Nigel Owens is a renowned international rugby referee and a Hereford breeder from Wales. Nigel has had a strong interest in farming since he was a child. From a young age he spent many weekends and summer holidays on his grandparents farm and went on to work on a farm after he left school. Nigel and his partner Barrie recently bought a farm of land and a herd of Pedigree Hereford cows. Their first calf on the farm was born in April and Nigel has said that he wasn’t as nervous refereeing the world cup final! Nigel chose the Hereford breed because he believes they are sturdy and docile and easy to look after. Nigel also reckons they are wonderful mothers which was a major factor in his decision.
Robin Irvine, alongside his wife Edith, runs the Graceland Hereford Herd in Co. Armagh. Graceland Herefords were established in 1983 and Robin has been heavily involved in the development of the Hereford breed ever since. He has seen many changes in that time including great improvements in genetics, carcase quality and growth rate in the breed. The last 20 years has witnessed the number of calves being registered to a Hereford sire in Northern Ireland increase three fold.
Robin has judged at several shows across Ireland and says that the key points to watch for when judging are structural correctness, a good carriage and a bright eye.
Robin confirmed that Herefords are in the right place in terms of lower environmental impact and greater sustainability. However, he also recommends that the aim should be to focus on the commercial traits to keep the breed high on the leader board in the red meat industry and right across the food chain.
Adam Woods is a suckler farmer from County Cavan and is the beef editor with the Irish Farmers Journal. Adam comes with a wealth of knowledge of the cattle industry in Ireland and is a strong believer in the merits of Irish suckler and beef farming. He believes that by improving genetics, especially in dairy herds we will see an increase in the opportunities for the beef sector.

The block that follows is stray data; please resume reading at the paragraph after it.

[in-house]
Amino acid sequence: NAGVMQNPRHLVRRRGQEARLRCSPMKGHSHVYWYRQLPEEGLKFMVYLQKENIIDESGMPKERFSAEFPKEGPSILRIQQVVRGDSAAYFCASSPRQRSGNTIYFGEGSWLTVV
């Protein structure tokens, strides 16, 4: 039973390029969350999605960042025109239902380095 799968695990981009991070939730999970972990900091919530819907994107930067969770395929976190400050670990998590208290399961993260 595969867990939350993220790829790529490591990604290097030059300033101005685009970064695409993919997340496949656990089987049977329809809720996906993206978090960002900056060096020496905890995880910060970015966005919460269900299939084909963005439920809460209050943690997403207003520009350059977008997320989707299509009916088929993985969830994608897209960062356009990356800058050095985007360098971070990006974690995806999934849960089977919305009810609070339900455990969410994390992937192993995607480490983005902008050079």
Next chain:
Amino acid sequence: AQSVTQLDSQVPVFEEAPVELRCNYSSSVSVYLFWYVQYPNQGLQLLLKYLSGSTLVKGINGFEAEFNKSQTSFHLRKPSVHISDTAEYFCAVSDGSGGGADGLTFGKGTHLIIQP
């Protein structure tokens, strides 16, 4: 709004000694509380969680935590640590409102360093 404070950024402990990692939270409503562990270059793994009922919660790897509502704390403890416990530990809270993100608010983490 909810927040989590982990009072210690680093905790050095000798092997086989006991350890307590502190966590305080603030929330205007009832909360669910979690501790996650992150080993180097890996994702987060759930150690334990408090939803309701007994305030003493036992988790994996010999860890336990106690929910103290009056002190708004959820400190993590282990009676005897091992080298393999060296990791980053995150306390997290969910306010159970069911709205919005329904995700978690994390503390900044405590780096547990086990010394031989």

Adam sees two major challenges for the Irish Beef Industry, firstly the environment and climate change and our ability to prove that Irish Beef is carbon efficient and secondly, consumer sentiment towards eating beef and red meat.
In Adam’s opinion, the main strengths of the Hereford breed are easy calving & easy finishing. He identifies the results of the THRIVE Programme as being particularly strong for the Hereford breed but believes there are always improvements to be made and everyone has a part to play in making them.
In terms of crossbreeding with Herefords, Adam’s view is that there is an opportunity there to breed a smaller cow that is better suited to heavy land as well the benefits of having a faster finishing animal on the pocket – he highlighted that it typically costs less than €1 per day to finish cattle off grass compared to €2 to €3 per day finishing indoors.